Location: St. Louis Association of Realtors®
12777 Olive Blvd. (1-1/4 miles west of I-270) St. Louis, MO 63141

I look forward to seeing you then J

Happy Investing,

John Lee

Friday, December 12, 2014

Changes Pave the Way for More First-Time Buyers in 2015

~Reprinted from John Lee~the Deal'ionaire~

Even as the housing market gets back on track, the numbers of first-time buyers continue to disappoint. This is strongly associated with the tight credit requirements facing would-be buyers. Recent important government policy changes and the introduction of new low down-payment programs, however, should set the stage for increased first-time buyer activity in 2015.

Clarity on Mortgage Qualifications

Both Fannie Mae and Freddie Mac finalized mortgage qualification guidelines that went into effect on Dec. 1. These guidelines clarified murky qualification standards set in place as a result of the Dodd-Frank reforms, which were intended to prevent a repeat of the financial crisis.
Up until now, the absence of specific rules and clear guidance on what types of errors would prompt Fannie or Freddie to reject a loan, leaving the underwriting bank or lender on the hook, led to very conservative lending practices. To avoid the risk of Fannie or Freddie rejecting a mortgage months or years after it closed, banks added “overlays,” or additional requirements, to the proposed guidelines.
As a result, according to Ellie Mae, a mortgage software company, the average denied credit score on conventional purchase mortgages in October was 723 even though the minimum standard set by both Fannie and Freddie was 620.
The new standards should lead to thousands more consumers being able to get a mortgage and should also speed up the underwriting and approval process.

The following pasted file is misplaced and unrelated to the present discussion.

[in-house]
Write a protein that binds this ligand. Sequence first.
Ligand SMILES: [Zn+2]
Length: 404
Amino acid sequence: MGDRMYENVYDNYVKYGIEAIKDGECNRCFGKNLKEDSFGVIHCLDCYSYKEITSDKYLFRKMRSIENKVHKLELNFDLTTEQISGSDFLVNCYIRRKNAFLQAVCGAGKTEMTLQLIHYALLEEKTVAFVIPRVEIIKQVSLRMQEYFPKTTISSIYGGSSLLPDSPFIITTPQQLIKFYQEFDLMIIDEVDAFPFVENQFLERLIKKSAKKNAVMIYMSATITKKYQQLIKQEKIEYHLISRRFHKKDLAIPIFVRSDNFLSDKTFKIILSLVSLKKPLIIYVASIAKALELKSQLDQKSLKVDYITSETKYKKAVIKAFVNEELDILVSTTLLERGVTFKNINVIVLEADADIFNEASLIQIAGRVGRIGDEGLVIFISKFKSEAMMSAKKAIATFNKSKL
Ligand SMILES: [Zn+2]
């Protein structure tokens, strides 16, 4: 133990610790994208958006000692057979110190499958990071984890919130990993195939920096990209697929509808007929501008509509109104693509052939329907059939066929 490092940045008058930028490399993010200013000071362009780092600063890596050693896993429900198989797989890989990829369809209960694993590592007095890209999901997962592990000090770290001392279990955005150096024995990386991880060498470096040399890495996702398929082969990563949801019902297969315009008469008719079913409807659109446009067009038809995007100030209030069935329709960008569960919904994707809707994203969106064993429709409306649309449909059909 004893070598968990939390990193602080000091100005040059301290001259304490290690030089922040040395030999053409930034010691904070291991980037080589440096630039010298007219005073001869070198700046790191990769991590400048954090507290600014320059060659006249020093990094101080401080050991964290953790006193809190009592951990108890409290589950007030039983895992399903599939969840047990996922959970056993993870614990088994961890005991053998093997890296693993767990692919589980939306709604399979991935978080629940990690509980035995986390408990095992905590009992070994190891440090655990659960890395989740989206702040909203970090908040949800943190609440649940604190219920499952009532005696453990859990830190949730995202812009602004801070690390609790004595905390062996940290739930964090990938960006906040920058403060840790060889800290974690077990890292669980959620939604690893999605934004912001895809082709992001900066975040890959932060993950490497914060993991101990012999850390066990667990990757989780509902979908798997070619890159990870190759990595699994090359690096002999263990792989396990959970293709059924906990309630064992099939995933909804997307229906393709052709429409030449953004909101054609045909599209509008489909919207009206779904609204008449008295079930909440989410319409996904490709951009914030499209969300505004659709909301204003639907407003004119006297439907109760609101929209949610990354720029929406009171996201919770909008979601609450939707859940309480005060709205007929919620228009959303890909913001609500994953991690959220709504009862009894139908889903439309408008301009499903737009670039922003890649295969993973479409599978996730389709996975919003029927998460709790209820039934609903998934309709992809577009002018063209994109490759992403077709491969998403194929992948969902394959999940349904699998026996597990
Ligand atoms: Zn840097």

Measures of mortgage credit availability from the Mortgage Bankers Association already indicate a slight loosening of credit in November prior to these rules going into effect. All three measures of mortgage credit availability were also higher than November of last year, between 3% and 5%. If that trend continues, it will indeed mean that we are seeing standards revert to more normal levels.

More Attractive Low Down-Payment Mortgages

Earlier this week, Fannie Mae and Freddie Mac both announced the details of new low down-payment mortgage programs they will be offering that enable qualified buyers to purchase a home with down payments of as little as 3%.
While these programs only lower the down payment threshold by 0.5% from similar loans available from the Federal Housing Administration (FHA), they will likely be far more attractive to consumers than the FHA loans. These new programs avoid the FHA fees that effectively increase the rate charged. Another advantage over FHA is the borrower’s ability to stop paying private mortgage insurance fees once the equity of the home reaches 20%.
Fannie Mae’s offering will be the first available to qualified borrowers who have not owned a home before or within the last three years. But Fannie Mae doesn’t lend directly, so it may take some time before we see specific lender offerings—perhaps in early 2015.
Clarifying when lenders are at risk and offering low down payment programs should increase flexibility in mortgage qualification.   This should pave the way for more first-time buyers in 2015. If we start to see specific competitive low down-payment lender offerings and evidence that standards are loosening, the spring selling season may start earlier than normal. After all, first-time buyers do not have to sell an existing home and can jump into the market at any time.
Jonathan Smoke is®’s chief economist.